Saturday, January 15, 2011

Spellwright by Blake Charlton

Nicodemus Weal is the wizard known as a spellwright on the cover and Spellwright's main character. He is tall with black hair, olive skin, and green eyes. He may or may not have a role in a prophecy upon which the fate of the world depends. He is also a cacographer, which means that he misspells text simply by touching it. This concept reflects the author's struggles with dyslexia, and it also makes for an interesting thematic element to this fantasy tale.

Nicodemus's teacher at the academy of Starhaven is Magister Agwu Shannon, the famous linguist and Grand Wizard. He has white dreadlocks, a short beard, and mustache. Pure white eyes, although he is blind, so he only sees the world through magic.

The book starts with the murder of a Magister. Shannon, who was a rival with the Magister, is a prime suspect, and consequently, so is Nicodemus. Also, there is a convocation going on, so sentinels have arrived as well as druids. A mysterious creature is in the area, and ultimately, Nicodemus has to flee Starhaven.

The overarching conflict is the War of Disjunction. The evil god Los and his minions are prophesied to lead the forces of the Pandemonium against humanity. Because of the war, the underlying basis of the novel is an archetypal conflict between good and evil. Still, the forefront is on the magic system, Nicodemus, and intricacies of the plot.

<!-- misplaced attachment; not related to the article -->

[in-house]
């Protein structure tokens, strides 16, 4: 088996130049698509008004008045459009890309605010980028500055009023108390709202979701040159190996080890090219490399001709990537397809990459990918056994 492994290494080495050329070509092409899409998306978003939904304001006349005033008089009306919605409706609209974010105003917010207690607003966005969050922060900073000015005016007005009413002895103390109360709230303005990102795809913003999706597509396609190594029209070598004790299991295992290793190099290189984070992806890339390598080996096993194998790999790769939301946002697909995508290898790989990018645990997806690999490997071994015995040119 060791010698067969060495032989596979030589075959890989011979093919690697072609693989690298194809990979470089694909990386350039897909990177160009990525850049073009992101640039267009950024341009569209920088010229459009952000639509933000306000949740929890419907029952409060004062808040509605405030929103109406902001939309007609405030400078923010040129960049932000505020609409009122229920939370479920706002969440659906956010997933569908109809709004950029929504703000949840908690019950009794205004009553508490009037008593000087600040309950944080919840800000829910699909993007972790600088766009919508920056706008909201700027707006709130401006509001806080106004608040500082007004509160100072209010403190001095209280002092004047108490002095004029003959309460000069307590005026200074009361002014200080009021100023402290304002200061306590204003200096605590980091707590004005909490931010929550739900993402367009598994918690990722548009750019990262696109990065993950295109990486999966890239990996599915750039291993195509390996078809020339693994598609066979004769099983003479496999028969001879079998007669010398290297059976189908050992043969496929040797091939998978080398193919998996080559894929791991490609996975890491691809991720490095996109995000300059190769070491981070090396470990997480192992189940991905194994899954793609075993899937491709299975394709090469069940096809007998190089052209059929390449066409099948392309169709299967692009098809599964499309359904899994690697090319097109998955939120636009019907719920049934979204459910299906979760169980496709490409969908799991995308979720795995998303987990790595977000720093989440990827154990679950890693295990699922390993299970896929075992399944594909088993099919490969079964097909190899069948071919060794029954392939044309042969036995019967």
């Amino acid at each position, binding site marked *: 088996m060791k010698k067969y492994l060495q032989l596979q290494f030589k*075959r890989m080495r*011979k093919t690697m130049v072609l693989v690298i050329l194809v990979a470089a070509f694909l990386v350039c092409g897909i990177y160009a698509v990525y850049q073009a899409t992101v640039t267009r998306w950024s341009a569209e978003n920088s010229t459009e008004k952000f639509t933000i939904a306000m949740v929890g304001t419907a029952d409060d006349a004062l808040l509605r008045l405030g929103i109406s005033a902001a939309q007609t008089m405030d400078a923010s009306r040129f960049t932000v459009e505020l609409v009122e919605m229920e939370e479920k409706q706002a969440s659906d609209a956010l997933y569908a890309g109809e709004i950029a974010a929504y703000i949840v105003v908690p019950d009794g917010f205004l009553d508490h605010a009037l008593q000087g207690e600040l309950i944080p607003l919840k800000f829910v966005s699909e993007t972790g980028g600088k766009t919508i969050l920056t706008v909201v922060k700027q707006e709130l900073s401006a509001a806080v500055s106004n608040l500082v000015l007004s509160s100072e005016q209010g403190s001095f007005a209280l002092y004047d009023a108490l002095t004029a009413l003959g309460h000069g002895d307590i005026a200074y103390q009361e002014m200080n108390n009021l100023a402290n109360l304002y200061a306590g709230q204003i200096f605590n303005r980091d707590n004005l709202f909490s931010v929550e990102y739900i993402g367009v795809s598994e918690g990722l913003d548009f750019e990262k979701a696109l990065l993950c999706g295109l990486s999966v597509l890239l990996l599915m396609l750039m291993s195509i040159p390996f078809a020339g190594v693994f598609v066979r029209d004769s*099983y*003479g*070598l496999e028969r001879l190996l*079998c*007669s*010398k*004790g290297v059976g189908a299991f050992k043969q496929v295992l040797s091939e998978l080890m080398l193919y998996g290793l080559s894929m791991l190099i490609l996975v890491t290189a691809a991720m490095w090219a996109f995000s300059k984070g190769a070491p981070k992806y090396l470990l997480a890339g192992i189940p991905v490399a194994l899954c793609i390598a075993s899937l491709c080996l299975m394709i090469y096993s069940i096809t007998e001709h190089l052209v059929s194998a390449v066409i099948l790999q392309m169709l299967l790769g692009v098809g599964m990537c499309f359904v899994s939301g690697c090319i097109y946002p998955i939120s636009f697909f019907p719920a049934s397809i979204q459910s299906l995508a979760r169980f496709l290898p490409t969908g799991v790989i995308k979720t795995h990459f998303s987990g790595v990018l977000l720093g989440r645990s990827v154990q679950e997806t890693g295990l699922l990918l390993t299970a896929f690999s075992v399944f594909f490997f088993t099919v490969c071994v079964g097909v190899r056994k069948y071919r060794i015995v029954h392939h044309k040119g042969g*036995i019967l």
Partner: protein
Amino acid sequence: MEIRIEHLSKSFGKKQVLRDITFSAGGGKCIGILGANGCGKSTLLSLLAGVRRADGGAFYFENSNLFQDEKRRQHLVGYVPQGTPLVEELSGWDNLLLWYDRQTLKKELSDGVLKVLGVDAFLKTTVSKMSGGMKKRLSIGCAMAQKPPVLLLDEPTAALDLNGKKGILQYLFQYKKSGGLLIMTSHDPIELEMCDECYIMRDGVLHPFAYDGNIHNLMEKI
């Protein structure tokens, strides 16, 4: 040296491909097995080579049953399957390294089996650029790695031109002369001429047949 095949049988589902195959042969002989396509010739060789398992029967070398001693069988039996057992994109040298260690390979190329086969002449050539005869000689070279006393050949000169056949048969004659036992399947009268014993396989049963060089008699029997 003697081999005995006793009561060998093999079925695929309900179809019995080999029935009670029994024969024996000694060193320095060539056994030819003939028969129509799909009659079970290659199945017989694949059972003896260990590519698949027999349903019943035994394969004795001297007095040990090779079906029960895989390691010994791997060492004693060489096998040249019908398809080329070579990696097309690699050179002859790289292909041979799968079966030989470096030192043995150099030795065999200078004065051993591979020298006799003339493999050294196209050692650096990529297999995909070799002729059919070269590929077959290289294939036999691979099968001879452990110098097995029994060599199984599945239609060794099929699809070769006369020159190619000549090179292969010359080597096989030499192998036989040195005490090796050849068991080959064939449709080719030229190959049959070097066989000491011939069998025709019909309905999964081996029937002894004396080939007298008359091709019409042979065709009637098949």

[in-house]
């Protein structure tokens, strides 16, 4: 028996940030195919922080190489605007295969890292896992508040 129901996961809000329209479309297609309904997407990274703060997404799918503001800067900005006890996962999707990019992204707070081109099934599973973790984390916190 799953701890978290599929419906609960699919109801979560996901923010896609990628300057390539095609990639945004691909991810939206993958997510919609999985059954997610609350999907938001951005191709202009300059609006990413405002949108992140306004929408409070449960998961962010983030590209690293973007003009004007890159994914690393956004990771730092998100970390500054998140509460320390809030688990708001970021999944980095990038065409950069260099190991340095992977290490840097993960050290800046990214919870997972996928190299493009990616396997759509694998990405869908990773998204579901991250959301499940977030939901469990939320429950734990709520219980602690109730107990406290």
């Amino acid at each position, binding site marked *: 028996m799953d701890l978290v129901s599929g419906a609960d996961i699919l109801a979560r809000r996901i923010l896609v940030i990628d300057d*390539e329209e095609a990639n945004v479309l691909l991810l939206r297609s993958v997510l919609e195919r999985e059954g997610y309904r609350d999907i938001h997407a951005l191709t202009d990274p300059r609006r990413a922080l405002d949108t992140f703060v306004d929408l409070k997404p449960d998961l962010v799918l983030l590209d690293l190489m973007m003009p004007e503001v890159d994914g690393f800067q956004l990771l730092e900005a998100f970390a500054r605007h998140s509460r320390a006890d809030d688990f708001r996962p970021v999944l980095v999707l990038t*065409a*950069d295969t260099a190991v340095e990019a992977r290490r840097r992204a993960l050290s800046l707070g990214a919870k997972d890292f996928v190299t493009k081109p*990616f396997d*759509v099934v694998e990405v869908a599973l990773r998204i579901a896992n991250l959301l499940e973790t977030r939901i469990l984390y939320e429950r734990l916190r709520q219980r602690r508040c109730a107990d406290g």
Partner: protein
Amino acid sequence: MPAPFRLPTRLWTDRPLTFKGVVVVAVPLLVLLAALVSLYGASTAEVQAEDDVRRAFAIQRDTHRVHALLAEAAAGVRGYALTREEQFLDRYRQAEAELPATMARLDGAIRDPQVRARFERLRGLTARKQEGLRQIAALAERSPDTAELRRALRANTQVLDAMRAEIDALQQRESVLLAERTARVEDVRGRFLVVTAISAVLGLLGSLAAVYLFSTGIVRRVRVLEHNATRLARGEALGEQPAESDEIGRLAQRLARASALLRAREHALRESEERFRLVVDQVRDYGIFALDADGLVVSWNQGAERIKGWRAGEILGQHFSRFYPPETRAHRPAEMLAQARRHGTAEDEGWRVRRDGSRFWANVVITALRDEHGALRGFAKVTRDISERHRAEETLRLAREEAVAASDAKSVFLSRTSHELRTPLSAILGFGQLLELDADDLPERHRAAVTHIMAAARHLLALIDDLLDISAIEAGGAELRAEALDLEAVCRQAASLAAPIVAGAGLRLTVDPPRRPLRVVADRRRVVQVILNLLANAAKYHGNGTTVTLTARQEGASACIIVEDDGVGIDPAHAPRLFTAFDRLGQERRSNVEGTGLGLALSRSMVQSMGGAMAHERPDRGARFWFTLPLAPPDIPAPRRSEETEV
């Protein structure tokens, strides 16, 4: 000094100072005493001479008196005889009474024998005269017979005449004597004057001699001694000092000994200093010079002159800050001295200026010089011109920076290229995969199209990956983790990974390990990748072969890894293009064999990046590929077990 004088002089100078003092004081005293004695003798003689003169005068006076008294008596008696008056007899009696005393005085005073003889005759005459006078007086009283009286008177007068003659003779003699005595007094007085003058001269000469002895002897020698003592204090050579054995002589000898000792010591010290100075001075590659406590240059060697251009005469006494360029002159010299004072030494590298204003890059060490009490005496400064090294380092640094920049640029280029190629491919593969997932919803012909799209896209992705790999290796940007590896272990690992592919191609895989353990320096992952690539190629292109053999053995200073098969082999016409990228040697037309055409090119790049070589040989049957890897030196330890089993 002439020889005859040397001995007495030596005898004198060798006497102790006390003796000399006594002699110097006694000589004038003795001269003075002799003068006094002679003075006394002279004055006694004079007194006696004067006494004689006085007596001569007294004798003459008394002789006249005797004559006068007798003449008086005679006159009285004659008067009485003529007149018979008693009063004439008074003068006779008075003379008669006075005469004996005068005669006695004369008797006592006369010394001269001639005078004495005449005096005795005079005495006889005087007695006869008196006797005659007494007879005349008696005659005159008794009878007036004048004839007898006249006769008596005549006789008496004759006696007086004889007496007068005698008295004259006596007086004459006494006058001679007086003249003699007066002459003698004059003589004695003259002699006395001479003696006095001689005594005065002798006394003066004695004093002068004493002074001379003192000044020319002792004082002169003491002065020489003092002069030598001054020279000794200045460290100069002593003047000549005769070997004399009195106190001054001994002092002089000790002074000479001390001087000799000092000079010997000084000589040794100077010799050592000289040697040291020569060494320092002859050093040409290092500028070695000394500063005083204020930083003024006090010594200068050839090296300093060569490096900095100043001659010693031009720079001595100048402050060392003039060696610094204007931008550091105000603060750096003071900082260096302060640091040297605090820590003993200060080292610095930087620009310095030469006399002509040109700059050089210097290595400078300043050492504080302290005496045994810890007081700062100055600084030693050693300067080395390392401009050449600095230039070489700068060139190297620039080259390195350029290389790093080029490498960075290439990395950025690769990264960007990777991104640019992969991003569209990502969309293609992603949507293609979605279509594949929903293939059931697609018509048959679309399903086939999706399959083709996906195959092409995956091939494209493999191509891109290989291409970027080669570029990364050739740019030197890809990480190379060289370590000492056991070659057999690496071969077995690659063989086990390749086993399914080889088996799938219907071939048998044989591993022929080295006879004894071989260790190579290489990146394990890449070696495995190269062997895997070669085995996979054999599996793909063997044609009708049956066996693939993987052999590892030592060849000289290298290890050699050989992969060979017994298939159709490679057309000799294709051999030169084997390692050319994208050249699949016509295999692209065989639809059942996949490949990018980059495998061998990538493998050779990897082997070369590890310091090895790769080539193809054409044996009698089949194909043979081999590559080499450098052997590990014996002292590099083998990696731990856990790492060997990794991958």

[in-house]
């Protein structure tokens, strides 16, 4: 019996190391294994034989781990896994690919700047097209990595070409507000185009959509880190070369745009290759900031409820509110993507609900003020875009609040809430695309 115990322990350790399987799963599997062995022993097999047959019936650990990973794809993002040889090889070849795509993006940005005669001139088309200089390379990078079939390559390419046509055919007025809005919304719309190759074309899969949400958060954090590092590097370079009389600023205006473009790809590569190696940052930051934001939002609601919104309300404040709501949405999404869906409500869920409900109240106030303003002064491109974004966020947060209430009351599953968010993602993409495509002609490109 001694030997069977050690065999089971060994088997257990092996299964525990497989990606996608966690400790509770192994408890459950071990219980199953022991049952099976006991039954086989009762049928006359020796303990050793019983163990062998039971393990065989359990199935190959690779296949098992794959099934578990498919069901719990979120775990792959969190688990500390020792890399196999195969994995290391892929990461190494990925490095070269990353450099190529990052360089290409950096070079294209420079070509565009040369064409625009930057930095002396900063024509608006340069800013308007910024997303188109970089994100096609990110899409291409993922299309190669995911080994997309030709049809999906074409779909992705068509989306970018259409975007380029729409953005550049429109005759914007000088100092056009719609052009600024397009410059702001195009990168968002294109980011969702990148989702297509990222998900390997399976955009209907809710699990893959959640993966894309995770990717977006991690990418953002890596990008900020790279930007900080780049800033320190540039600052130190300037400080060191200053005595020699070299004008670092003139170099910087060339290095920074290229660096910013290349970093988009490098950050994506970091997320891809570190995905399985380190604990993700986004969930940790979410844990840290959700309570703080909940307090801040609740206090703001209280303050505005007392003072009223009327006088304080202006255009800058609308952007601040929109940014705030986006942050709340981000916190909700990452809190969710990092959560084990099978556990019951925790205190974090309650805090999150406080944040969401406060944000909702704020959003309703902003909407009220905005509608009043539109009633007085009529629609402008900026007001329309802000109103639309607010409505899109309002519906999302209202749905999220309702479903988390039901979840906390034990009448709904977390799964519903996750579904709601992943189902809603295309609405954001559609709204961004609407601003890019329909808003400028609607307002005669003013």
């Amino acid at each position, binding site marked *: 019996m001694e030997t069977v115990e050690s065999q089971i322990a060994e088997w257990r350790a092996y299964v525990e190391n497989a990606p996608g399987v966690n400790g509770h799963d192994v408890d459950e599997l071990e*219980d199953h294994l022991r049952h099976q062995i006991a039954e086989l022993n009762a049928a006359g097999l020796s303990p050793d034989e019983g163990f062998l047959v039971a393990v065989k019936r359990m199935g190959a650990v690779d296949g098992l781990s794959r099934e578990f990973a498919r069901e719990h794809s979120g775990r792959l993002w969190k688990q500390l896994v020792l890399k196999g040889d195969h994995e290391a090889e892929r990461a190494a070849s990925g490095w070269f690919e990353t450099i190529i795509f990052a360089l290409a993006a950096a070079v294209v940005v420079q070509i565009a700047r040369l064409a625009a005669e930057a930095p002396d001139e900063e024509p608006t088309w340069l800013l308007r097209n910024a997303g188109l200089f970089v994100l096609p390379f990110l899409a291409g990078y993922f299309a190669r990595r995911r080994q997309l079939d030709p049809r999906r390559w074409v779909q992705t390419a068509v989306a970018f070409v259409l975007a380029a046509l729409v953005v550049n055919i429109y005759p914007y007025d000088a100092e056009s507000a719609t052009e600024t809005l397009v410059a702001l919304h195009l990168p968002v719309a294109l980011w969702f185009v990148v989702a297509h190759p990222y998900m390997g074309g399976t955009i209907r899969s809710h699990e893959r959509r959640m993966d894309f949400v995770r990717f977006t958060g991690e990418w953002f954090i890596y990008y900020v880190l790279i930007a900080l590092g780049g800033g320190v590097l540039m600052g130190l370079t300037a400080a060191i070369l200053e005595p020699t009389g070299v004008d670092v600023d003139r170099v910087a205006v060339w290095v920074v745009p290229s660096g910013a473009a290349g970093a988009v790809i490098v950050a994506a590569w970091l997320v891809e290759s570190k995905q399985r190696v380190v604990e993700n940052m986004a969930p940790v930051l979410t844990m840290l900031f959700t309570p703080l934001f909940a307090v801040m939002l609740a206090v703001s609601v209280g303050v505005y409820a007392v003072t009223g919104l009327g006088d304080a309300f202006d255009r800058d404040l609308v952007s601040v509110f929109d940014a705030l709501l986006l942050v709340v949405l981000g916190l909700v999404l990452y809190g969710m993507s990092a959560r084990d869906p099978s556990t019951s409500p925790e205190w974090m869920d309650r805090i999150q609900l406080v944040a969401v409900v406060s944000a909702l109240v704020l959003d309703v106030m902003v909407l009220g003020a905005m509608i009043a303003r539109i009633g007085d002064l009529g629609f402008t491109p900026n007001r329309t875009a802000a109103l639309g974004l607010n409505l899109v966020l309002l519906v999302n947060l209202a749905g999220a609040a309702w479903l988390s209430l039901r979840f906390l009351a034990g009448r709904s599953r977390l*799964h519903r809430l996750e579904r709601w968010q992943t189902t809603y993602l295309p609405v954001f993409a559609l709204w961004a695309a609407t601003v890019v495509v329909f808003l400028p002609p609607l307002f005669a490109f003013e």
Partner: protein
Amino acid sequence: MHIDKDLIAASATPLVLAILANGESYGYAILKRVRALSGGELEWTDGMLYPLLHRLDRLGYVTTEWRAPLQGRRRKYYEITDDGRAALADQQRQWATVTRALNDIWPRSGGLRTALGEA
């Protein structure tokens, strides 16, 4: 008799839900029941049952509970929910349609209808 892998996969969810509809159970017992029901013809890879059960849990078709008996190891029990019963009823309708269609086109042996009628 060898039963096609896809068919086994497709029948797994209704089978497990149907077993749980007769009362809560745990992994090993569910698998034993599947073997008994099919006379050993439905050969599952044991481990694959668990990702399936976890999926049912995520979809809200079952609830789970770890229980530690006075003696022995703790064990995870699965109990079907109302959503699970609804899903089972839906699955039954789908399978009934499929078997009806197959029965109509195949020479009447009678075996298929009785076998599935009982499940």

I perceived a lot of hype surrounding Spellwright. I saw it in stores. I saw lots of reviews. I think it generated publicity from being published by Tor, the irony and interest of a dyslexic novelist, and the fact that Blake Charlton has a personable online presence. 

When I read the book, it often surprised and interested me, but also, I had mixed feelings about it. It kept feeling like something was about to click with the story. For Spellwright to get started to where the blurb ends took more than half of it. Although the chapters are short, I found myself wishing it were faster paced and more narrative driven. Yet there were definitely moments of good action.

I like the fundamentals. The magic system is intriguing, vivid, and amusing. The characters are cool, despite some of the minor ones being underdeveloped. I think Nicodemus is a great fantasy name. I liked the descriptions, for example how Shannon has silver dreadlocks and white eyes, and Deirdre is a druid with a greatsword, and the demon Typhoneus. The prophecy and Imperials and the war of the Disjunction add depth to the plot. I also like how Nicodemus reads knightly romances.

All in all, Spellwright is a solid first effort and I will be interested in reading where it goes in the sequel Spellbound.

1 comment:

Clifton Hill said...

I thought it was a great book, too. It had its problems, but was a great first outing by Charlton and I look forward to the sequel. I wrote a review on my blog as well, you can check it out...uh, somewhere here:

My least favorite part was the change in the prose's tempo about midway through when a lot of the strong characterization went out the window to move the plot along at a faster pace. But, then, writing books is no easy feat and my hat is off to the man for this first endeavor. I wants improvement in the sequels...have no doubt.